(D.C. No. 06-Z-65)
Mr. Wager pled guilty to second degree murder and first degree assault, and on August 25, 2000, he was sentenced to sixty-eight years in prison by a Colorado court. Nearly three years later, on July 23, 2003, Mr. Wager filed an unsuccessful postconvition motion in state trial court challenging the validity of his sentence. On May 5, 2005, the Colorado Court of Appeals affirmed the trial court's decision, and on October 17, 2005, the Colorado Supreme Court denied certiorari review. Mr. Wager filed this § 2254 petition in the district court in January 2006. The district court ordered him to show cause why his habeas corpus petition should not be dismised as time barred. After considering Mr. Wager's response to the show cause order, the court determined that the petition was barred by the one year time limitation period in 28 U.S.C. § 2244(d).
Issuance of a COA is jurisdictional. Miller-El v. Cockrell, 537 U.S. 322, 336 (2003). We may issue a COA "only if the applicant has made a substantial showing of the denial of a constitutional right." 28 U.S.C. § 2253(c)(2). For those claims dismissed on procedural grounds by the district court, we will issue a COA only when "jurists of reason would find it debatable whether the petition state[d] a valid claim of the denial of a constitutional right and that jurists of reason would find it debatable whether the district court was correct in its procedural ruling." Slack v. McDaniel, 529 U.S. 473, 484 (2000).
Mr. Wager asserts his case is not time barred because he is a "layman who lacked the legal training and knowledge of the law" to discover his legal claim earlier. Aplt. Br. at 3. The habeas time bar, however, does not countenance unfamiliarity with the law as a justification for untimely filing. See 28 U.S.C. 2244(d). Mr. Wager also contends federal habeas relief should be accessible under principles of "federalism and comity" and the "due process and equal protection clauses" because Colorado provides a longer, three-year window for seeking state postconviction relief. Aplt. Br. at 4. The one-year statutory limitation on seeking habeas relief, however, has not been held to conflict with these principles and Constitutional protections even where its availability is shorter in duration than for comparable state remedies. It is not debatable that filing within Colorado's three-year window does not overcome the one-year procedural bar limiting federal habeas relief.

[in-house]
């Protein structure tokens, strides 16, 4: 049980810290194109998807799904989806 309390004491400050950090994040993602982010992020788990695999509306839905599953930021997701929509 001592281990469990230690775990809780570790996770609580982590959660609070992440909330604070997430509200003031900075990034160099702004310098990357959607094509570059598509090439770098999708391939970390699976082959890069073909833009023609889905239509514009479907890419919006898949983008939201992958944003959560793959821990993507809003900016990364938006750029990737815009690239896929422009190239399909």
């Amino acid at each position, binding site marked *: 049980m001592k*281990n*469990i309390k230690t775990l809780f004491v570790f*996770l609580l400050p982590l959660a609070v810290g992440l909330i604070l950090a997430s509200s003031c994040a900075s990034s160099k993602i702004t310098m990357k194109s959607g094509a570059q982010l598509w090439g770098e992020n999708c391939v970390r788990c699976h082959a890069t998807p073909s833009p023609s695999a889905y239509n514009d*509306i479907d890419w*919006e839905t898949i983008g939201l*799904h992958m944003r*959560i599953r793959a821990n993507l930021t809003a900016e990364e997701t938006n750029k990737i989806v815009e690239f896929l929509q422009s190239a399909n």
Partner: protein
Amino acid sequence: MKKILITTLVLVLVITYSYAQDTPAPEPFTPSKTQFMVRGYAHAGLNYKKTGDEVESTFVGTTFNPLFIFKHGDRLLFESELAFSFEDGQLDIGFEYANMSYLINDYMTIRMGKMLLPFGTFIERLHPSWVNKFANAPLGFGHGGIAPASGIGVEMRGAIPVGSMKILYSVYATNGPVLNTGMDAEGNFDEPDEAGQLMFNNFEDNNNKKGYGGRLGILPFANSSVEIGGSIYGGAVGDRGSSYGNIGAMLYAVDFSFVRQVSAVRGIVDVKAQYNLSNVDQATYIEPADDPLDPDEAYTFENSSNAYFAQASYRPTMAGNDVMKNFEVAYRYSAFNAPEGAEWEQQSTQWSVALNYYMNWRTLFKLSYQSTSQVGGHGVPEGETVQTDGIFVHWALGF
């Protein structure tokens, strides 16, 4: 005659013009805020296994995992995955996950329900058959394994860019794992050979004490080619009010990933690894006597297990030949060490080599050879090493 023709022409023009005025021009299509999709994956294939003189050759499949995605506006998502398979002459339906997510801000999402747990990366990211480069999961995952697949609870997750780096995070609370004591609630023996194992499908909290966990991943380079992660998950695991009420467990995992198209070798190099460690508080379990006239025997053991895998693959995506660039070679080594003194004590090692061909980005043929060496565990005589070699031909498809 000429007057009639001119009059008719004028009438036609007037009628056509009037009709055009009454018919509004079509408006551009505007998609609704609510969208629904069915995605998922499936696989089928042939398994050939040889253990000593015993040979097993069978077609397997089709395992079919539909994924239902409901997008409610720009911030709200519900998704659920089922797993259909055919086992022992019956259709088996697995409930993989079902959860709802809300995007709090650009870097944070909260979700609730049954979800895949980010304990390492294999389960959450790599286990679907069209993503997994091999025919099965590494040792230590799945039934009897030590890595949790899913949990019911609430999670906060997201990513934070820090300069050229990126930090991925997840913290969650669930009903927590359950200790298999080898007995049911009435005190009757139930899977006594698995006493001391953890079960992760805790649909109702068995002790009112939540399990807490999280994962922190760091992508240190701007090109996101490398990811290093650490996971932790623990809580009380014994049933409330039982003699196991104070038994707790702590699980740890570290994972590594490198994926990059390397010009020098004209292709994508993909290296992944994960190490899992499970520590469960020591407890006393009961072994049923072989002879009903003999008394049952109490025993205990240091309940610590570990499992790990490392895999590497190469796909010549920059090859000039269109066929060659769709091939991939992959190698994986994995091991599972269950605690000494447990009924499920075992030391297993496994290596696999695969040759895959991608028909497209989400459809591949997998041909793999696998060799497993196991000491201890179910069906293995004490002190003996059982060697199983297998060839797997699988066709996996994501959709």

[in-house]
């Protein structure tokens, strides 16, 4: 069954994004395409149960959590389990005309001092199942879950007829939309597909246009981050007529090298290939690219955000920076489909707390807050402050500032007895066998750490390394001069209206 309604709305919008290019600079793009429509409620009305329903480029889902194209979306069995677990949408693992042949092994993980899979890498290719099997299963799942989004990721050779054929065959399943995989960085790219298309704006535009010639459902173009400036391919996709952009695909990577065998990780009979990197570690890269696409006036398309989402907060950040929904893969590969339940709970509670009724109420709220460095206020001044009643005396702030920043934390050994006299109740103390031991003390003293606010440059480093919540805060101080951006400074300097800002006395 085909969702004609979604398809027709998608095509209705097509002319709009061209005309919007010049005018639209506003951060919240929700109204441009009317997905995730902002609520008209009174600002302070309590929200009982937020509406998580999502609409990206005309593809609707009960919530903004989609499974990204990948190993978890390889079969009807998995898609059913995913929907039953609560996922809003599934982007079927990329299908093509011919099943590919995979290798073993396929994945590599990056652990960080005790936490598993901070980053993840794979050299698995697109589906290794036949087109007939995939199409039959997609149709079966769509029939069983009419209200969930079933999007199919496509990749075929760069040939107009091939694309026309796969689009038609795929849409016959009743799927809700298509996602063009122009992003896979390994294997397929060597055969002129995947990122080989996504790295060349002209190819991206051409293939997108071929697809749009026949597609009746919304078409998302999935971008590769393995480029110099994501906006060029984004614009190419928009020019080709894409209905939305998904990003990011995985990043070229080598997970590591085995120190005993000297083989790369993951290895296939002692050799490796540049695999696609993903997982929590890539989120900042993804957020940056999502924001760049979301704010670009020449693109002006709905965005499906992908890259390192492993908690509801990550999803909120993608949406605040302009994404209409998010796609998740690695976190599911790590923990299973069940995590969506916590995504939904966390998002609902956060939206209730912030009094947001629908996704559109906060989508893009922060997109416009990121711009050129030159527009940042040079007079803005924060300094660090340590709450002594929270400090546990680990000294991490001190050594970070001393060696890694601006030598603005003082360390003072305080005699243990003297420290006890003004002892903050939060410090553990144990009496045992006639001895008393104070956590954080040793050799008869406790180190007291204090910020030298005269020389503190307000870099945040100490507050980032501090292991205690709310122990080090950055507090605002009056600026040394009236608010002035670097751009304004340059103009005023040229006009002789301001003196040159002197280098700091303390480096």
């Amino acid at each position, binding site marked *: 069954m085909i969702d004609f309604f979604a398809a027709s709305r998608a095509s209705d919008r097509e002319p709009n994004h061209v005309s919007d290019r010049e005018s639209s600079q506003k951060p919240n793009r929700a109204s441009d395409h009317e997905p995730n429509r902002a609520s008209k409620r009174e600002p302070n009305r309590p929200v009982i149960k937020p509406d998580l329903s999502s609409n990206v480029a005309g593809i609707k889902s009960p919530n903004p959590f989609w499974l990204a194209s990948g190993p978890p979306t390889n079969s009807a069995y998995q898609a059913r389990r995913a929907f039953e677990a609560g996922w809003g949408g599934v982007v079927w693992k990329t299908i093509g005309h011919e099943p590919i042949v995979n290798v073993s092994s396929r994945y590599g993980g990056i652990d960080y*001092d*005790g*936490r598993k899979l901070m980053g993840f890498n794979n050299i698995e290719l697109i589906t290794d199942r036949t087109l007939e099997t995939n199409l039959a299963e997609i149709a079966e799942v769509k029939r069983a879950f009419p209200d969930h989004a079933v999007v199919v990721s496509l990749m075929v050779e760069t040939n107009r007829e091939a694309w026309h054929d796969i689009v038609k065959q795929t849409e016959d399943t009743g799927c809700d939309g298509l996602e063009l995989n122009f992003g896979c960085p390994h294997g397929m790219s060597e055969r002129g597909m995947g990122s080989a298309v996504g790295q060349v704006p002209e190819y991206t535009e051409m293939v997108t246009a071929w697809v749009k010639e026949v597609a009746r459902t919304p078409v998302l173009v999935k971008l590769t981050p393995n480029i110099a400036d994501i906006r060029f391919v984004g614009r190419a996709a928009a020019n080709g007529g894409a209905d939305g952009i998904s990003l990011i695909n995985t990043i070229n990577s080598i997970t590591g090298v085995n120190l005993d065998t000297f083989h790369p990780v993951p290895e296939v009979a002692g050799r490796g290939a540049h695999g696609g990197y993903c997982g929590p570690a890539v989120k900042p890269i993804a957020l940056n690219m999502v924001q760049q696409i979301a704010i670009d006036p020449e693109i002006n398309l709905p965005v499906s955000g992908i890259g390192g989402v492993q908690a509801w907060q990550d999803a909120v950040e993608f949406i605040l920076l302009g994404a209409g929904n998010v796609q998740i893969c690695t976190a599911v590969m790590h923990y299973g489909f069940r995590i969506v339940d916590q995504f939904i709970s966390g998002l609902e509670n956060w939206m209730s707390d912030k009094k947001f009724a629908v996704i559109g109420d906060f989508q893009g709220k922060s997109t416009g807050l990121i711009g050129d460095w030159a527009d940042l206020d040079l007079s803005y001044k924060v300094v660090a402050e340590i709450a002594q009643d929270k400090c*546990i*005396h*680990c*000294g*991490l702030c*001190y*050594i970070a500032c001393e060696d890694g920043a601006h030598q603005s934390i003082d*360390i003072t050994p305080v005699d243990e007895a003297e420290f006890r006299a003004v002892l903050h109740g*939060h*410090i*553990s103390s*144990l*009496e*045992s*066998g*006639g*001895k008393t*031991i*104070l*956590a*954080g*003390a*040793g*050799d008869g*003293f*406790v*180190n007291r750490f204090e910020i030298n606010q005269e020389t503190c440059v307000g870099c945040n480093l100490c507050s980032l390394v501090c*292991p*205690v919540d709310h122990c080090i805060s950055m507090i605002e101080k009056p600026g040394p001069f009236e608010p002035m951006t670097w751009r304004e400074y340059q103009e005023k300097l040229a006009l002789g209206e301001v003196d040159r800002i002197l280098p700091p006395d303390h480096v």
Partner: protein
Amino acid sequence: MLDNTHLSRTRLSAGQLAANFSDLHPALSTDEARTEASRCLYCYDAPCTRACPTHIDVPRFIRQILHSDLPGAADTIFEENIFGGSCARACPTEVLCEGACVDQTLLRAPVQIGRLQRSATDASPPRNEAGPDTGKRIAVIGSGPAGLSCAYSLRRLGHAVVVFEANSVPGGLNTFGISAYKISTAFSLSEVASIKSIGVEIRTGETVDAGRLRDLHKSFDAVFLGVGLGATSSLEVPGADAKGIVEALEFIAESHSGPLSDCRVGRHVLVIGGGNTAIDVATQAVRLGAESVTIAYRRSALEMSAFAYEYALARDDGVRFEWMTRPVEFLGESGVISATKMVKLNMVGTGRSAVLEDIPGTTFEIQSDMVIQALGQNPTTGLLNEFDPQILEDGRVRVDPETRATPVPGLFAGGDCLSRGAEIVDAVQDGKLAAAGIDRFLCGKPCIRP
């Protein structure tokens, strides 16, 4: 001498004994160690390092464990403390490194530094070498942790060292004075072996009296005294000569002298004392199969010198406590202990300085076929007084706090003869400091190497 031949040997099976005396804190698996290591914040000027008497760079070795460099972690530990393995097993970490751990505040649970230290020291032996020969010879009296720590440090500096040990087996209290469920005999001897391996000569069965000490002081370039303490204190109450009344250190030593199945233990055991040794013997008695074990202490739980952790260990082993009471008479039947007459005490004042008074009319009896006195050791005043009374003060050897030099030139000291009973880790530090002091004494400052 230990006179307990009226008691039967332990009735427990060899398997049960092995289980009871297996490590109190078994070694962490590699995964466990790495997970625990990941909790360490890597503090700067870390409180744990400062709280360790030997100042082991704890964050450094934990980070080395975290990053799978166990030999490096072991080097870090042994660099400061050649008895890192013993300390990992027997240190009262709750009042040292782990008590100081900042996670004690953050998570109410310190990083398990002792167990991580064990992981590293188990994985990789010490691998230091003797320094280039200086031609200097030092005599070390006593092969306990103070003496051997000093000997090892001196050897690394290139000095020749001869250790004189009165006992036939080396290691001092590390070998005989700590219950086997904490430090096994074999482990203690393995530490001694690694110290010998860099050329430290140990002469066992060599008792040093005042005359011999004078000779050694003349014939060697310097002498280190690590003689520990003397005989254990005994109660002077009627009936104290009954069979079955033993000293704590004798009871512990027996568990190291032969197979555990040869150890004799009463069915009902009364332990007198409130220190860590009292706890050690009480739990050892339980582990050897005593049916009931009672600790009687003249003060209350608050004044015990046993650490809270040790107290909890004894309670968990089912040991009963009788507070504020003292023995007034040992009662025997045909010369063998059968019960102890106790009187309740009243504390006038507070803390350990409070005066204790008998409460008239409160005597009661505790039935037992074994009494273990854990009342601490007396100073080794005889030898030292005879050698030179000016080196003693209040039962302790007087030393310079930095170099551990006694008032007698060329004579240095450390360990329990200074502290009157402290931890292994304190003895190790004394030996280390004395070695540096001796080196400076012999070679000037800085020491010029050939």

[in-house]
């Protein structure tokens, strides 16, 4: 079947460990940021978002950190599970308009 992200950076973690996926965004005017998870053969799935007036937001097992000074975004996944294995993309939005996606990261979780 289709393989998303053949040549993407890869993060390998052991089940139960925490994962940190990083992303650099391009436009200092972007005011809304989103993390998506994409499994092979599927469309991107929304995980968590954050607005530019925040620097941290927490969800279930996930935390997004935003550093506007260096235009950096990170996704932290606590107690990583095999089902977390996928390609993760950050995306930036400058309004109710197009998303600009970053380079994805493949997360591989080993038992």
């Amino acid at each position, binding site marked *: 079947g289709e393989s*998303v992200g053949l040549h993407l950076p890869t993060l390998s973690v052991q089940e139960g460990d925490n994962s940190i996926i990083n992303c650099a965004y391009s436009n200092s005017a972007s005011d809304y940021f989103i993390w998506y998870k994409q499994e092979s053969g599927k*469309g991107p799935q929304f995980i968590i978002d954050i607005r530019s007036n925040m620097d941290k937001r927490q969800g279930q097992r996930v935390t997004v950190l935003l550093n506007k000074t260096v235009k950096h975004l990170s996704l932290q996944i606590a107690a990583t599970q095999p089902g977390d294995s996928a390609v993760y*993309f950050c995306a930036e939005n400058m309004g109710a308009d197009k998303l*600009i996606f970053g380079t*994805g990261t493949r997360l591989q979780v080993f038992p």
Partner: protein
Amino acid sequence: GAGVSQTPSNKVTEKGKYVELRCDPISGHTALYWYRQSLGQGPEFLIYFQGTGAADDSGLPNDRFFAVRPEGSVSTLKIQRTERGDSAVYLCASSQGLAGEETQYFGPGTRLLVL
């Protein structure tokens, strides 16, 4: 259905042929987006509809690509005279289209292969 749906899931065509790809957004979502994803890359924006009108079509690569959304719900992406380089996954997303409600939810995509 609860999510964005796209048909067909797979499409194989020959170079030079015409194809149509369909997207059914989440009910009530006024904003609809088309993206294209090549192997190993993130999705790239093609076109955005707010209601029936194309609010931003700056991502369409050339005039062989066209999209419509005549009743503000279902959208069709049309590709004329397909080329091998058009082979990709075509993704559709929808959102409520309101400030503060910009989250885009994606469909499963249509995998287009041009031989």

Finally, a prisoner seeking ifp status must demonstrate financial inability to pay and the existence of "a reasoned, nonfrivolous argument on the law and the facts in support of the issues raised on appeal." McIntosh v. U.S. Parole Comm'n, 115 F.3d 809, 812-13 (10th Cir. 1997) (internal quotation marks omitted). Because Mr. Wager has not made a showing of good faith and the absence of frivolity, we deny his motion for leave to proceed ifp.
Because as Mr. Wager provides no debatable grounds for overcoming the one- year time limit, we DENY his application for a COA and his request to proceed ifp.
ENTERED FOR THE COURT
Stephanie K. Seymour
*.This order is not binding precedent, except under the doctrines of law of the case, res judicata, and collateral estoppel.
1.We liberally construe Mr. Wager's pro se application. See Cummings v. Evans, 161 F.3d 610, 613 (10th Cir. 1998), cert. denied, 526 U.S. 1052 (1999).
2.The district court denied Mr. Wager's request for a COA.